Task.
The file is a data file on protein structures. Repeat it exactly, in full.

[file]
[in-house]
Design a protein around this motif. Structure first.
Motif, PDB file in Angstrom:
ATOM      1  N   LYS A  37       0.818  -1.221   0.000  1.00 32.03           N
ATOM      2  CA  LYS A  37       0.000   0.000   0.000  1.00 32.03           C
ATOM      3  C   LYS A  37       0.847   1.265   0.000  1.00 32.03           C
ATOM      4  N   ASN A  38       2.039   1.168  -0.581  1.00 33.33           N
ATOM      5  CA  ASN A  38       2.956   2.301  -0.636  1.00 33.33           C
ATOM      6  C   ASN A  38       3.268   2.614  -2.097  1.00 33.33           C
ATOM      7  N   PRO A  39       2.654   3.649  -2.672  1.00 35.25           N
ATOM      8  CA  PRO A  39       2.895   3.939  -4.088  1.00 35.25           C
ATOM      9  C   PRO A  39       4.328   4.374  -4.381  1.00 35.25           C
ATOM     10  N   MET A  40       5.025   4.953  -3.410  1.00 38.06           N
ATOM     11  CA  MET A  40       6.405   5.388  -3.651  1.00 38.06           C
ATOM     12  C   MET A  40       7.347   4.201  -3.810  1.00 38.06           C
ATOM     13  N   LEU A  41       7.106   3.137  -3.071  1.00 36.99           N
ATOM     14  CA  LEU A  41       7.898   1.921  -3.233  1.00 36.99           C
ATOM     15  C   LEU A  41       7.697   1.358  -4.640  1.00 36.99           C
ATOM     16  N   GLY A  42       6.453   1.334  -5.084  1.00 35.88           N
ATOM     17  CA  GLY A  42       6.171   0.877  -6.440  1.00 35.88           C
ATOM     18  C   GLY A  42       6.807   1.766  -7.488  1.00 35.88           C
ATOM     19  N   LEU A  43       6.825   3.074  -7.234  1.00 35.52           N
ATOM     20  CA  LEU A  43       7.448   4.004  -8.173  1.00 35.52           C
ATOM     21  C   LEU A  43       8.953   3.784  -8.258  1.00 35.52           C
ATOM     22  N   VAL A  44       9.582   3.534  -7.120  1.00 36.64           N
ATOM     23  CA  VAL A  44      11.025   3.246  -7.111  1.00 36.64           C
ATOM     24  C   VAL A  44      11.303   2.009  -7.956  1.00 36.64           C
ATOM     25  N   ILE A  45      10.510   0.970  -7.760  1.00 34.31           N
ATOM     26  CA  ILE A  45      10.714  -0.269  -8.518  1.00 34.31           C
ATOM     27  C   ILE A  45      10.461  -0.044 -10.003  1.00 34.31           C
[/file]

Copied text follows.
[in-house]
Design a protein around this motif. Structure first.
Motif, PDB file in Angstrom:
ATOM      1  N   LYS A  37       0.818  -1.221   0.000  1.00 32.03           N
ATOM      2  CA  LYS A  37       0.000   0.000   0.000  1.00 32.03           C
ATOM      3  C   LYS A  37       0.847   1.265   0.000  1.00 32.03           C
ATOM      4  N   ASN A  38       2.039   1.168  -0.581  1.00 33.33           N
ATOM      5  CA  ASN A  38       2.956   2.301  -0.636  1.00 33.33           C
ATOM      6  C   ASN A  38       3.268   2.614  -2.097  1.00 33.33           C
ATOM      7  N   PRO A  39       2.654   3.649  -2.672  1.00 35.25           N
ATOM      8  CA  PRO A  39       2.895   3.939  -4.088  1.00 35.25           C
ATOM      9  C   PRO A  39       4.328   4.374  -4.381  1.00 35.25           C
ATOM     10  N   MET A  40       5.025   4.953  -3.410  1.00 38.06           N
ATOM     11  CA  MET A  40       6.405   5.388  -3.651  1.00 38.06           C
ATOM     12  C   MET A  40       7.347   4.201  -3.810  1.00 38.06           C
ATOM     13  N   LEU A  41       7.106   3.137  -3.071  1.00 36.99           N
ATOM     14  CA  LEU A  41       7.898   1.921  -3.233  1.00 36.99           C
ATOM     15  C   LEU A  41       7.697   1.358  -4.640  1.00 36.99           C
ATOM     16  N   GLY A  42       6.453   1.334  -5.084  1.00 35.88           N
ATOM     17  CA  GLY A  42       6.171   0.877  -6.440  1.00 35.88           C
ATOM     18  C   GLY A  42       6.807   1.766  -7.488  1.00 35.88           C
ATOM     19  N   LEU A  43       6.825   3.074  -7.234  1.00 35.52           N
ATOM     20  CA  LEU A  43       7.448   4.004  -8.173  1.00 35.52           C
ATOM     21  C   LEU A  43       8.953   3.784  -8.258  1.00 35.52           C
ATOM     22  N   VAL A  44       9.582   3.534  -7.120  1.00 36.64           N
ATOM     23  CA  VAL A  44      11.025   3.246  -7.111  1.00 36.64           C
ATOM     24  C   VAL A  44      11.303   2.009  -7.956  1.00 36.64           C
ATOM     25  N   ILE A  45      10.510   0.970  -7.760  1.00 34.31           N
ATOM     26  CA  ILE A  45      10.714  -0.269  -8.518  1.00 34.31           C
ATOM     27  C   ILE A  45      10.461  -0.044 -10.003  1.00 34.31           C